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Re: [tied] Must sound change be linguistically motivated?

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  • mkelkar2003
    ... might lie ... accused ... Would climate have something to do with it? Colder climates may require more effort to pronunce certain sounds thus compelling
    Message 1 of 37 , Dec 31, 2005
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      --- In cybalist@yahoogroups.com, "Patrick Ryan" <proto-language@m...>
      wrote:
      >
      >
      >
      >
      > ----- Original Message -----
      > From: "mkelkar2003" <smykelkar@c...>
      > To: <cybalist@yahoogroups.com>
      > Sent: Saturday, December 31, 2005 3:56 PM
      > Subject: [tied] Must sound change be linguistically motivated?
      >
      >
      > > Thanks to P. Manansala for the Abstract.
      > >
      > > M. Kelkar
      > >
      > >
      > > Must sound change be linguistically motivated?
      > >
      > > Author: Blust, Robert A.1
      > >
      > > Source: Diachronica, Volume 22, Number 2, 2005, pp. 219-269(51)
      > >
      > > Publisher: John Benjamins Publishing Company
      > >
      > > Abstract:
      > >
      > > A number of well-documented sound changes in Austronesian languages do
      > > not appear to be either phonetically or phonologically motivated.
      > > Although it is possible that some of these changes involved
      > > intermediate steps for which we have no direct documentation, the
      > > assumption that this was always the case appears arbitrary, and is in
      > > violation of Occam's Razor. These data thus raise the question whether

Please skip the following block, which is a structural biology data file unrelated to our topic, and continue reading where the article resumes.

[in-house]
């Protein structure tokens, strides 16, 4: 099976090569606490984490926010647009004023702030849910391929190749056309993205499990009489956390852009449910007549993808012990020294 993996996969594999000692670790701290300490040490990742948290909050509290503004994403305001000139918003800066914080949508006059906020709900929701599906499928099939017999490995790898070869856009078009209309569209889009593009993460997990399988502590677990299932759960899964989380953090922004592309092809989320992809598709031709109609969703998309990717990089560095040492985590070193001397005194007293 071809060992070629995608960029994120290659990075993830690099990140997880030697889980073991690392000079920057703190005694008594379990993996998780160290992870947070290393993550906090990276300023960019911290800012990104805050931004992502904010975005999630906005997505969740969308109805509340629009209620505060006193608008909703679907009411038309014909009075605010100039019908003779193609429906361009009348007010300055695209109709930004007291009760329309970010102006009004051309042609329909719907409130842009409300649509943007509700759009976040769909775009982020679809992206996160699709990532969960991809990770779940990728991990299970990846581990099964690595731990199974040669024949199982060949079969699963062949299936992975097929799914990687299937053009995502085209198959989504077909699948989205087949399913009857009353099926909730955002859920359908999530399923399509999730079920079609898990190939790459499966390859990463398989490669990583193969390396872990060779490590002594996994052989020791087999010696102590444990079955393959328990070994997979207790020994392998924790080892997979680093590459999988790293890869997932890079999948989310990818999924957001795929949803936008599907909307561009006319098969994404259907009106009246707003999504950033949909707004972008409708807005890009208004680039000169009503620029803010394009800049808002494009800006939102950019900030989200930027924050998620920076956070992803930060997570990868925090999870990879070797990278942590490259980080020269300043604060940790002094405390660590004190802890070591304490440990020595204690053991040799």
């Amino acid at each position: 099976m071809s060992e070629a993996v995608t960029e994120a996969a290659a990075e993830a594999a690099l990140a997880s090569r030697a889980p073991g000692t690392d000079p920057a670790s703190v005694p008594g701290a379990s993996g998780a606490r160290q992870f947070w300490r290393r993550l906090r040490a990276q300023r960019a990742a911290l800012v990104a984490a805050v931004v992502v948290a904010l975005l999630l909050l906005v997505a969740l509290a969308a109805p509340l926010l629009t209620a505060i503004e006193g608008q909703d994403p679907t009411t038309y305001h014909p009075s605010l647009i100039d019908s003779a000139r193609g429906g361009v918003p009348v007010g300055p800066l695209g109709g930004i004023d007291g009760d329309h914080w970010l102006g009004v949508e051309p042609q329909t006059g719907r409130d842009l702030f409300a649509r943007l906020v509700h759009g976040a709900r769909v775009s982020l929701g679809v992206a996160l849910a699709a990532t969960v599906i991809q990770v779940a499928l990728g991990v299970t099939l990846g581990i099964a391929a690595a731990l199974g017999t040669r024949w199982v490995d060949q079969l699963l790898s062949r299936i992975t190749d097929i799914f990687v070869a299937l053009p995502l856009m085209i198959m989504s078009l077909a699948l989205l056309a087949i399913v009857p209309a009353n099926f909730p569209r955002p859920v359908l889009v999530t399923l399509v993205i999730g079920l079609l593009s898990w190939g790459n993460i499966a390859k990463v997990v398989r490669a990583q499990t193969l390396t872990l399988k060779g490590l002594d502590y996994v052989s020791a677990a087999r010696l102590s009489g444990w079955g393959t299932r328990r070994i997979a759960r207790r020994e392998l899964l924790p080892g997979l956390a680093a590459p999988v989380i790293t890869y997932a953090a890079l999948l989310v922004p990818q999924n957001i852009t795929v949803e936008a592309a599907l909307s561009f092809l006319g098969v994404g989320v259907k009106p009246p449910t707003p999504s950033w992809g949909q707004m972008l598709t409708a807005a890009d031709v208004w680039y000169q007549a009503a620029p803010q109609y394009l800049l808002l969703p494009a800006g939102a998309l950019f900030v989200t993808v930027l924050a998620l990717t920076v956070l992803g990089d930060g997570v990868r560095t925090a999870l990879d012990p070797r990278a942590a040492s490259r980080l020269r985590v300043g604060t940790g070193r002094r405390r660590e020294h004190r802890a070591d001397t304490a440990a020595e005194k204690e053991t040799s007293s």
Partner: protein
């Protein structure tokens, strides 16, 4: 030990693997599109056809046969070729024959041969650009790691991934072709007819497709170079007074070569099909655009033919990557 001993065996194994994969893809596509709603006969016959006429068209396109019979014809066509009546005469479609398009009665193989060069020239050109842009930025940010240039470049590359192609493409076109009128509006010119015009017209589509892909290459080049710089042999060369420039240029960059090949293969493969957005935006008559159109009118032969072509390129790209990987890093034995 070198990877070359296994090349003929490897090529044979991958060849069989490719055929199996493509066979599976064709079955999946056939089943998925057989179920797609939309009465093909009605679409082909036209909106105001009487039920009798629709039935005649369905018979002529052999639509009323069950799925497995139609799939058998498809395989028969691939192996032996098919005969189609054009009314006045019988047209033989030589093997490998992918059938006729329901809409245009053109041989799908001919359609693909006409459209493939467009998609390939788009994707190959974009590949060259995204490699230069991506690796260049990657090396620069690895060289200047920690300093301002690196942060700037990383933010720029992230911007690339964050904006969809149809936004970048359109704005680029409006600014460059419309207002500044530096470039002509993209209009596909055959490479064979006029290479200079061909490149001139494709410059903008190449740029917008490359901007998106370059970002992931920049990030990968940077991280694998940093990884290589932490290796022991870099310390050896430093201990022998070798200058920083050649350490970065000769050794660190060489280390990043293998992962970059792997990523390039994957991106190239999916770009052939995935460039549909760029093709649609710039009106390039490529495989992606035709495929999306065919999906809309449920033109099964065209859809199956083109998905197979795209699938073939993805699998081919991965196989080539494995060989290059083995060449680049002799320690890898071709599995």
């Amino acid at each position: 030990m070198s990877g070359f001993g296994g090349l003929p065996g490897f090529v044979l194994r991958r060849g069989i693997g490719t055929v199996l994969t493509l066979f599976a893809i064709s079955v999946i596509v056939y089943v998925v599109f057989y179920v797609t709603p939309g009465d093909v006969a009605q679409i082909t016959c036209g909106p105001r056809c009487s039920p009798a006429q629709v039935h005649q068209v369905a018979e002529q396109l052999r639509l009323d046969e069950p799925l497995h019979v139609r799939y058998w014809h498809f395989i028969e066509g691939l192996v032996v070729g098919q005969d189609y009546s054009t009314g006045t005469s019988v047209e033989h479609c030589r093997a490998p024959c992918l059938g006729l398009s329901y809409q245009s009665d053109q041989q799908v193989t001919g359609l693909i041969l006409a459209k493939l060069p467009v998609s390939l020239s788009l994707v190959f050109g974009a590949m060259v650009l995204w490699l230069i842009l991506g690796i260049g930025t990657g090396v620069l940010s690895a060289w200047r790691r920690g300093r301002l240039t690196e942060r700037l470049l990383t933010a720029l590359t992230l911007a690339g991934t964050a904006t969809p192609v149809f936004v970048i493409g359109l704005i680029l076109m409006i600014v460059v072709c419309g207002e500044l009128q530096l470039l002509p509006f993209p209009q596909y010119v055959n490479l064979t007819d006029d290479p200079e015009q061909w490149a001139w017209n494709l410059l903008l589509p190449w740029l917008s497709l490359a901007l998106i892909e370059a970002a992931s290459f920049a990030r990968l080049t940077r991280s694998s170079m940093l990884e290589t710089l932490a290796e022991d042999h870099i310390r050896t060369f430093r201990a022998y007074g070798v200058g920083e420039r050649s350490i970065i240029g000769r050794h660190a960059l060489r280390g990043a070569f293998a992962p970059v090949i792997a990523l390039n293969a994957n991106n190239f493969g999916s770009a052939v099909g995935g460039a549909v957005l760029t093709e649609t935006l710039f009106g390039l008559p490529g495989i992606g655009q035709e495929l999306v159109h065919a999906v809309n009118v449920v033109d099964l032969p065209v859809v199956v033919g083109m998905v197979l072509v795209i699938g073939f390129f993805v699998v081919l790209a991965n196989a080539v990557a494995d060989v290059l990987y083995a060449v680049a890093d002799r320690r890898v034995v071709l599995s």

> > sound change must be phonetically motivated, as assumed by the
      > > Neogrammarians, or even linguistically motivated, as assumed by
      > > virtually all working historical linguists.
      >
      > ***
      > Patrick:
      >
      > In the past, I innocently suggested that a part of the explanation
      might lie
      > in actual physical changes in the architecture of the mouth, and was
      accused
      > of 'racism', which is an easy out for a difficult question.
      >
      > ***
      >
      Would climate have something to do with it? Colder climates may
      require more effort to pronunce certain sounds thus compelling their
      speakers to swith to other "easier" sounds.

      I have observed that many maestors of North Indian classical music
      consistently mispronunce rishab as rikhab, perhaps due to a lack of
      formal education, or perhaps because they habitually talk while
      chewing a mouthful of betel nut leaves.

      Could it be possible to explain the difference between snusha and
      snokha without reconstrucing another word?

      M. Kelkar
    • tgpedersen
      the tapping or flapping of intervocalic /t/ and /d/ ... and in Danish (which makes me feel at home in American English). Or rather, intervocalic -t-
      Message 37 of 37 , Jan 5, 2006
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        the "tapping" or "flapping" of intervocalic /t/ and /d/
        > in North American and Australian Englishes)
        and in Danish (which makes me feel at home in American English). Or
        rather, intervocalic -t- > voiceless -d- > flapped -d-.

        Torsten
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